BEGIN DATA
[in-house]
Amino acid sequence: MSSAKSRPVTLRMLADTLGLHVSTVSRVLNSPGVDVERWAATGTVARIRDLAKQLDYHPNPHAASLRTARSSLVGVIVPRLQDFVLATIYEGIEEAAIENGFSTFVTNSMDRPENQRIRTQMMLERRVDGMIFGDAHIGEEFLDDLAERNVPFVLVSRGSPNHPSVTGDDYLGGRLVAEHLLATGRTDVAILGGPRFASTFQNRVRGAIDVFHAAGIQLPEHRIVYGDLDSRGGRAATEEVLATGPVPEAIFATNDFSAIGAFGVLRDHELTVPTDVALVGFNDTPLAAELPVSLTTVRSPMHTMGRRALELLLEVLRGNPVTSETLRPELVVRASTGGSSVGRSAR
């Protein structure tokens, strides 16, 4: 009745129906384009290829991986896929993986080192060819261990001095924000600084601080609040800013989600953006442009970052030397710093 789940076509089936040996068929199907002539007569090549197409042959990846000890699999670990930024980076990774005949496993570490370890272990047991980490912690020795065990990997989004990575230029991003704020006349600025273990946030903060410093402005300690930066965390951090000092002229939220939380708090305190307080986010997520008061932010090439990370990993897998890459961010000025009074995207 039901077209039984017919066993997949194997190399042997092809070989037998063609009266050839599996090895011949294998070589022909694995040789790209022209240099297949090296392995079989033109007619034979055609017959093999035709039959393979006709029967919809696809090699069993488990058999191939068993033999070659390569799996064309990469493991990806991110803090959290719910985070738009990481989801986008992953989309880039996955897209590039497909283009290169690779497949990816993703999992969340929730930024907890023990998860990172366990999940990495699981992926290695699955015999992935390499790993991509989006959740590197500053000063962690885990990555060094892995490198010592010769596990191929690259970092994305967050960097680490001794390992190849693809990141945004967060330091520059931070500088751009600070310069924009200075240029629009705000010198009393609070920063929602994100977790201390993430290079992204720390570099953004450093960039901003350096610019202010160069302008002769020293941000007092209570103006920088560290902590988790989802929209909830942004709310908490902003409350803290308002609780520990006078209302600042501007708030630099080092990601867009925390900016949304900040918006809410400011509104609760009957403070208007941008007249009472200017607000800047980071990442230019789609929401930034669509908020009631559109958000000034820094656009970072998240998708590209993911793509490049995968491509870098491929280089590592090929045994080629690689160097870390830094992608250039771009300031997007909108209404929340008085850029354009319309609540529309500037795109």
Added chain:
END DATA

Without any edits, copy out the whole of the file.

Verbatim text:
[in-house]
Amino acid sequence: MSSAKSRPVTLRMLADTLGLHVSTVSRVLNSPGVDVERWAATGTVARIRDLAKQLDYHPNPHAASLRTARSSLVGVIVPRLQDFVLATIYEGIEEAAIENGFSTFVTNSMDRPENQRIRTQMMLERRVDGMIFGDAHIGEEFLDDLAERNVPFVLVSRGSPNHPSVTGDDYLGGRLVAEHLLATGRTDVAILGGPRFASTFQNRVRGAIDVFHAAGIQLPEHRIVYGDLDSRGGRAATEEVLATGPVPEAIFATNDFSAIGAFGVLRDHELTVPTDVALVGFNDTPLAAELPVSLTTVRSPMHTMGRRALELLLEVLRGNPVTSETLRPELVVRASTGGSSVGRSAR
């Protein structure tokens, strides 16, 4: 009745129906384009290829991986896929993986080192060819261990001095924000600084601080609040800013989600953006442009970052030397710093 789940076509089936040996068929199907002539007569090549197409042959990846000890699999670990930024980076990774005949496993570490370890272990047991980490912690020795065990990997989004990575230029991003704020006349600025273990946030903060410093402005300690930066965390951090000092002229939220939380708090305190307080986010997520008061932010090439990370990993897998890459961010000025009074995207 039901077209039984017919066993997949194997190399042997092809070989037998063609009266050839599996090895011949294998070589022909694995040789790209022209240099297949090296392995079989033109007619034979055609017959093999035709039959393979006709029967919809696809090699069993488990058999191939068993033999070659390569799996064309990469493991990806991110803090959290719910985070738009990481989801986008992953989309880039996955897209590039497909283009290169690779497949990816993703999992969340929730930024907890023990998860990172366990999940990495699981992926290695699955015999992935390499790993991509989006959740590197500053000063962690885990990555060094892995490198010592010769596990191929690259970092994305967050960097680490001794390992190849693809990141945004967060330091520059931070500088751009600070310069924009200075240029629009705000010198009393609070920063929602994100977790201390993430290079992204720390570099953004450093960039901003350096610019202010160069302008002769020293941000007092209570103006920088560290902590988790989802929209909830942004709310908490902003409350803290308002609780520990006078209302600042501007708030630099080092990601867009925390900016949304900040918006809410400011509104609760009957403070208007941008007249009472200017607000800047980071990442230019789609929401930034669509908020009631559109958000000034820094656009970072998240998708590209993911793509490049995968491509870098491929280089590592090929045994080629690689160097870390830094992608250039771009300031997007909108209404929340008085850029354009319309609540529309500037795109």
Added chain: